PRISTINA/BELGRADE (Reuters) - The leaders of Serbia and its former southern province Kosovo have spoken by phone in the first direct talks without foreign mediators since a 1998-99 war, both countries said on Thursday.
The telephone call late on Wednesday coincided with the first visit to Pristina and Belgrade by Federica Mogherini since taking over as the European Union’s foreign policy chief, with Serbia impatient to start accession talks with the bloc.
“I have to have talks, and some of my talks are not popular,” said Serbian Prime Minister Aleksandar Vucic.
Neither side divulged much on the substance of the telephone call, though Vucic said he and Kosovo Prime Minister Isa Mustafa had touched on the issue of ethnic Serbs living in majority-Albanian Kosovo, which declared independence in 2008.
Mustafa said Vucic had initiated the call. Vucic did not confirm this.
Serbia does not recognize Kosovo as sovereign, but previously fraught relations have relaxed over the past several years at the prodding of the EU, which both countries one day want to join.
Previously, talks have always been mediated by the EU, United Nations or foreign powers. The EU has taken the lead since Kosovo’s declaration of independence.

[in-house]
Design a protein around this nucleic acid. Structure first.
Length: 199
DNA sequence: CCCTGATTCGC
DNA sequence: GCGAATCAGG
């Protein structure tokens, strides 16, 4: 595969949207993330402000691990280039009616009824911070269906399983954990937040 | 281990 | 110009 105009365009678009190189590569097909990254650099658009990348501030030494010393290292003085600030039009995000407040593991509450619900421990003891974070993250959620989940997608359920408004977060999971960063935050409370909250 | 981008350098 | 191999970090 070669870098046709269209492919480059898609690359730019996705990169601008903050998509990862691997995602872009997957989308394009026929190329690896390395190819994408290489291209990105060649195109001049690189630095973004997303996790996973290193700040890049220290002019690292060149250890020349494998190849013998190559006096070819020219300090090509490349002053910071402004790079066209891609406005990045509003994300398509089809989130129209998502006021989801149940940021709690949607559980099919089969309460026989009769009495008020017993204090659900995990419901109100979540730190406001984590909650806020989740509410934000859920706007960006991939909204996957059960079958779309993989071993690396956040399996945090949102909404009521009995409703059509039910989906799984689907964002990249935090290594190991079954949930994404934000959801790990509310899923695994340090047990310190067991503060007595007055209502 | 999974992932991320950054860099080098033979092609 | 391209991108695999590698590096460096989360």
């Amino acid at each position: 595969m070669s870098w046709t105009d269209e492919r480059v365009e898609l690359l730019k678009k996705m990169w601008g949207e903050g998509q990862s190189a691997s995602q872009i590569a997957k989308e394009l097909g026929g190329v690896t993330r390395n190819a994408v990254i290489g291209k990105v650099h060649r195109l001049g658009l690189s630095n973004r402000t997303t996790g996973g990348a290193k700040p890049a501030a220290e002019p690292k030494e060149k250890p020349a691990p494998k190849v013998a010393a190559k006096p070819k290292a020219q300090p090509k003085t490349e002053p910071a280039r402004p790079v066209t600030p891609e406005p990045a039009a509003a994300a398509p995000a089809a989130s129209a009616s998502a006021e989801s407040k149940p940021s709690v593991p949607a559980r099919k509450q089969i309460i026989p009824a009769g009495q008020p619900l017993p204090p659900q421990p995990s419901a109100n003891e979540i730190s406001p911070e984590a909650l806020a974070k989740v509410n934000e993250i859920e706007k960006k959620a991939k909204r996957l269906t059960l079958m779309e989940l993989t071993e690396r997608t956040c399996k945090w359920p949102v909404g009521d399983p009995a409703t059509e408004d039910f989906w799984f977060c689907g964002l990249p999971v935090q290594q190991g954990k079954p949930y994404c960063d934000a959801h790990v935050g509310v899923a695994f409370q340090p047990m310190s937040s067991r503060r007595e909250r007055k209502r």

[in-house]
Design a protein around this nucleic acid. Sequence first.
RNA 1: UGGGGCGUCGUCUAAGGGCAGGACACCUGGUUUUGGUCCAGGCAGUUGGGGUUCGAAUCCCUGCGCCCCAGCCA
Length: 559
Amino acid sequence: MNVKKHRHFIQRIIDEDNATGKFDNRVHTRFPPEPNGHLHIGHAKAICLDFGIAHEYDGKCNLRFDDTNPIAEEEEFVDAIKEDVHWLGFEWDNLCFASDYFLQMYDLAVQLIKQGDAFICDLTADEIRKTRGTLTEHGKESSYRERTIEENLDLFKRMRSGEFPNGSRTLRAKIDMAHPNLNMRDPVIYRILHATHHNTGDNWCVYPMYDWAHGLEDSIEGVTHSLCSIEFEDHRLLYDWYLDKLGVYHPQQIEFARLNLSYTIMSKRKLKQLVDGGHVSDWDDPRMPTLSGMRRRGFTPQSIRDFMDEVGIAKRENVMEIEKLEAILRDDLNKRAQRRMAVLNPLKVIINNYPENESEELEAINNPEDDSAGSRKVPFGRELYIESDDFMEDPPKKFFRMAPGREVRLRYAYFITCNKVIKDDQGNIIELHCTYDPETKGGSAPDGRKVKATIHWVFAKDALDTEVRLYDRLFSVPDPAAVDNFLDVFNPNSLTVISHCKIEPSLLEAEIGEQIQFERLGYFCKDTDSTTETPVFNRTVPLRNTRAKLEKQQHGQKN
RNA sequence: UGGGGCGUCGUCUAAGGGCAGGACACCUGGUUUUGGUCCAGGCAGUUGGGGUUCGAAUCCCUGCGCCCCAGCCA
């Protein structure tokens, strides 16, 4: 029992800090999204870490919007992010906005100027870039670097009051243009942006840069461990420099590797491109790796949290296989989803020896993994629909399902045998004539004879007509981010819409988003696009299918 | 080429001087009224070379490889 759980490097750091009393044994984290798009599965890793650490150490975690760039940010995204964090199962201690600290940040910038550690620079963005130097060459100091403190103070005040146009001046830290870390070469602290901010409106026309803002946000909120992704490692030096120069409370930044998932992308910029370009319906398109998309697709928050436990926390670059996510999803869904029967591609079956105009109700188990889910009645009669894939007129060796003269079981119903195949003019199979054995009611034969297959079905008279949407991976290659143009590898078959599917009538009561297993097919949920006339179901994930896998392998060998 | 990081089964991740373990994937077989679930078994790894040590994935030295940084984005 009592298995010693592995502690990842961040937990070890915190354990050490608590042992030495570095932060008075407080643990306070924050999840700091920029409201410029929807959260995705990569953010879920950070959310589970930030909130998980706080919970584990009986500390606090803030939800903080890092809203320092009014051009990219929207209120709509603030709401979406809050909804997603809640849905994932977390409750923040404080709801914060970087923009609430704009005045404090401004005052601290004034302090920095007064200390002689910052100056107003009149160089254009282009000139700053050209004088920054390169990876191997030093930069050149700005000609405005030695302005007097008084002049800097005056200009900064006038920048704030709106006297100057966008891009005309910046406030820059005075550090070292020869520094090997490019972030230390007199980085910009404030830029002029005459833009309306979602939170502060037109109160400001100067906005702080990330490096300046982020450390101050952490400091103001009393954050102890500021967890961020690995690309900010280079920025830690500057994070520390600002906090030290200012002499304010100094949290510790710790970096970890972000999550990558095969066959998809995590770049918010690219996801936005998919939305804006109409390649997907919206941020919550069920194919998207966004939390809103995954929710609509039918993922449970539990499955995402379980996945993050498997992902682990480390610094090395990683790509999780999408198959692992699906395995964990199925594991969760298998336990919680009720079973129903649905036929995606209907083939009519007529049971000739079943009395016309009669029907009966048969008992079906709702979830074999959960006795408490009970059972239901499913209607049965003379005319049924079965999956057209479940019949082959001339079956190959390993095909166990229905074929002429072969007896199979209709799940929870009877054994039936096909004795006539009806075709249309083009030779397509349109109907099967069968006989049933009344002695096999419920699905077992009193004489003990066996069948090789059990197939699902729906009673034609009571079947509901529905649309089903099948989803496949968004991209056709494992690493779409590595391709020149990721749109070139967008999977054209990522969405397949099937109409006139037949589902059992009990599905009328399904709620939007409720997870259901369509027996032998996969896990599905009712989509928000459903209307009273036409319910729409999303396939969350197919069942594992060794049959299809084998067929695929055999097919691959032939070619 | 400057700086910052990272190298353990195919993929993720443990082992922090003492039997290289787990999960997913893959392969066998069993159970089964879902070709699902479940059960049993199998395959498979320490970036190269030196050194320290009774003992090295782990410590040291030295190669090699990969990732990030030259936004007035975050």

Serbia’s hopes of opening the first chapter in EU accession talks hinge on implementation of a landmark, EU-brokered deal in 2013 to regulate relations with Kosovo but which is still unfulfilled.
“Just the fact that there is a direct contact without necessarily the facilitation of Brussels is a new result of the dialogue itself,” Mogherini said in Pristina.
The foreign policy chief was due in Belgrade on Friday.
Twenty-three of the EU’s 28 members recognize Kosovo as independent, among more than a 100 states worldwide.
“We agreed that for urgent issues we might have on the ground we can communicate directly to find solutions,” Mustafa said.
Reporting by Fatos Bytyci in Pristina and Ivana Sekularac in Belgrade